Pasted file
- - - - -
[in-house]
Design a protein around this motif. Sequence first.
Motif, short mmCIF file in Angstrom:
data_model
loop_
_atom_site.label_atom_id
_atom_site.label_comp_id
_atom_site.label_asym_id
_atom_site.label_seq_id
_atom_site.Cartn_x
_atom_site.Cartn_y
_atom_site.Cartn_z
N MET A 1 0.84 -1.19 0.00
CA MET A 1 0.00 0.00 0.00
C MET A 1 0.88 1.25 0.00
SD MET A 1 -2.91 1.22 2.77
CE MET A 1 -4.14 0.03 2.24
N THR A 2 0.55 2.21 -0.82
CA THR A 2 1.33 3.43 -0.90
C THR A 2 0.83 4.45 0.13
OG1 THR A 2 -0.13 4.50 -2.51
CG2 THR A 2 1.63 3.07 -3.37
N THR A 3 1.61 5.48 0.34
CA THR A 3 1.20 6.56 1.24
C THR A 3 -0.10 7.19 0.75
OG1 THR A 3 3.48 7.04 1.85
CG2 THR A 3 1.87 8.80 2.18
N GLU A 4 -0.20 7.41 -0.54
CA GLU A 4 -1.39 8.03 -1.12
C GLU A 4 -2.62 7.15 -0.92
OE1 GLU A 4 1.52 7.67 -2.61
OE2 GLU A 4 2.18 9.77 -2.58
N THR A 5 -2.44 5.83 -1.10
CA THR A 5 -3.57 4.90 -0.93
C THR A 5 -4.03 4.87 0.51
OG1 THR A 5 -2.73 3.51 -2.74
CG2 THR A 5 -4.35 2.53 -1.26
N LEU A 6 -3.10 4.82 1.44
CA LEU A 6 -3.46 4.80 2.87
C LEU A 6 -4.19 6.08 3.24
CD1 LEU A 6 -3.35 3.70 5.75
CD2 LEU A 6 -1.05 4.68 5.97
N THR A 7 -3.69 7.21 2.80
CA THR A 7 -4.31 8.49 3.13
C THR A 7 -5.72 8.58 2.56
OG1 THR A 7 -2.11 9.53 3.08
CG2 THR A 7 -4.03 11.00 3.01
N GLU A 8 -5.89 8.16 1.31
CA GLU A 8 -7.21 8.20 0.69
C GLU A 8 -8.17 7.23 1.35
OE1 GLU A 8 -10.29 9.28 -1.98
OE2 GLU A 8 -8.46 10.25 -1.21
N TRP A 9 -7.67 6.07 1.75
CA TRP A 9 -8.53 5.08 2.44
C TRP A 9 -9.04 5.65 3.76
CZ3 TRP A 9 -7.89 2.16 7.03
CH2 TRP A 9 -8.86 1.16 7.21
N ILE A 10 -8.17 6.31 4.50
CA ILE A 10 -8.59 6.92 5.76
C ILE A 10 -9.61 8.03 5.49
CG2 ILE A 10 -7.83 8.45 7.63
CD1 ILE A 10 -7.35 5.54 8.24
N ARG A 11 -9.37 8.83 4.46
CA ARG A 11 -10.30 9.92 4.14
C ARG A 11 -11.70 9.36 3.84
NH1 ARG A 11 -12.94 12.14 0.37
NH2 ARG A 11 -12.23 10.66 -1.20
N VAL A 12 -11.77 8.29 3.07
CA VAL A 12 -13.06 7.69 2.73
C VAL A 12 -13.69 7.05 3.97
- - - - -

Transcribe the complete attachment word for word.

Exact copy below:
[in-house]
Design a protein around this motif. Sequence first.
Motif, short mmCIF file in Angstrom:
data_model
loop_
_atom_site.label_atom_id
_atom_site.label_comp_id
_atom_site.label_asym_id
_atom_site.label_seq_id
_atom_site.Cartn_x
_atom_site.Cartn_y
_atom_site.Cartn_z
N MET A 1 0.84 -1.19 0.00
CA MET A 1 0.00 0.00 0.00
C MET A 1 0.88 1.25 0.00
SD MET A 1 -2.91 1.22 2.77
CE MET A 1 -4.14 0.03 2.24
N THR A 2 0.55 2.21 -0.82
CA THR A 2 1.33 3.43 -0.90
C THR A 2 0.83 4.45 0.13
OG1 THR A 2 -0.13 4.50 -2.51
CG2 THR A 2 1.63 3.07 -3.37
N THR A 3 1.61 5.48 0.34
CA THR A 3 1.20 6.56 1.24
C THR A 3 -0.10 7.19 0.75
OG1 THR A 3 3.48 7.04 1.85
CG2 THR A 3 1.87 8.80 2.18
N GLU A 4 -0.20 7.41 -0.54
CA GLU A 4 -1.39 8.03 -1.12
C GLU A 4 -2.62 7.15 -0.92
OE1 GLU A 4 1.52 7.67 -2.61
OE2 GLU A 4 2.18 9.77 -2.58
N THR A 5 -2.44 5.83 -1.10
CA THR A 5 -3.57 4.90 -0.93
C THR A 5 -4.03 4.87 0.51
OG1 THR A 5 -2.73 3.51 -2.74
CG2 THR A 5 -4.35 2.53 -1.26
N LEU A 6 -3.10 4.82 1.44
CA LEU A 6 -3.46 4.80 2.87
C LEU A 6 -4.19 6.08 3.24
CD1 LEU A 6 -3.35 3.70 5.75
CD2 LEU A 6 -1.05 4.68 5.97
N THR A 7 -3.69 7.21 2.80
CA THR A 7 -4.31 8.49 3.13
C THR A 7 -5.72 8.58 2.56
OG1 THR A 7 -2.11 9.53 3.08
CG2 THR A 7 -4.03 11.00 3.01
N GLU A 8 -5.89 8.16 1.31
CA GLU A 8 -7.21 8.20 0.69
C GLU A 8 -8.17 7.23 1.35
OE1 GLU A 8 -10.29 9.28 -1.98
OE2 GLU A 8 -8.46 10.25 -1.21
N TRP A 9 -7.67 6.07 1.75
CA TRP A 9 -8.53 5.08 2.44
C TRP A 9 -9.04 5.65 3.76
CZ3 TRP A 9 -7.89 2.16 7.03
CH2 TRP A 9 -8.86 1.16 7.21
N ILE A 10 -8.17 6.31 4.50
CA ILE A 10 -8.59 6.92 5.76
C ILE A 10 -9.61 8.03 5.49
CG2 ILE A 10 -7.83 8.45 7.63
CD1 ILE A 10 -7.35 5.54 8.24
N ARG A 11 -9.37 8.83 4.46
CA ARG A 11 -10.30 9.92 4.14
C ARG A 11 -11.70 9.36 3.84
NH1 ARG A 11 -12.94 12.14 0.37
NH2 ARG A 11 -12.23 10.66 -1.20
N VAL A 12 -11.77 8.29 3.07
CA VAL A 12 -13.06 7.69 2.73
C VAL A 12 -13.69 7.05 3.97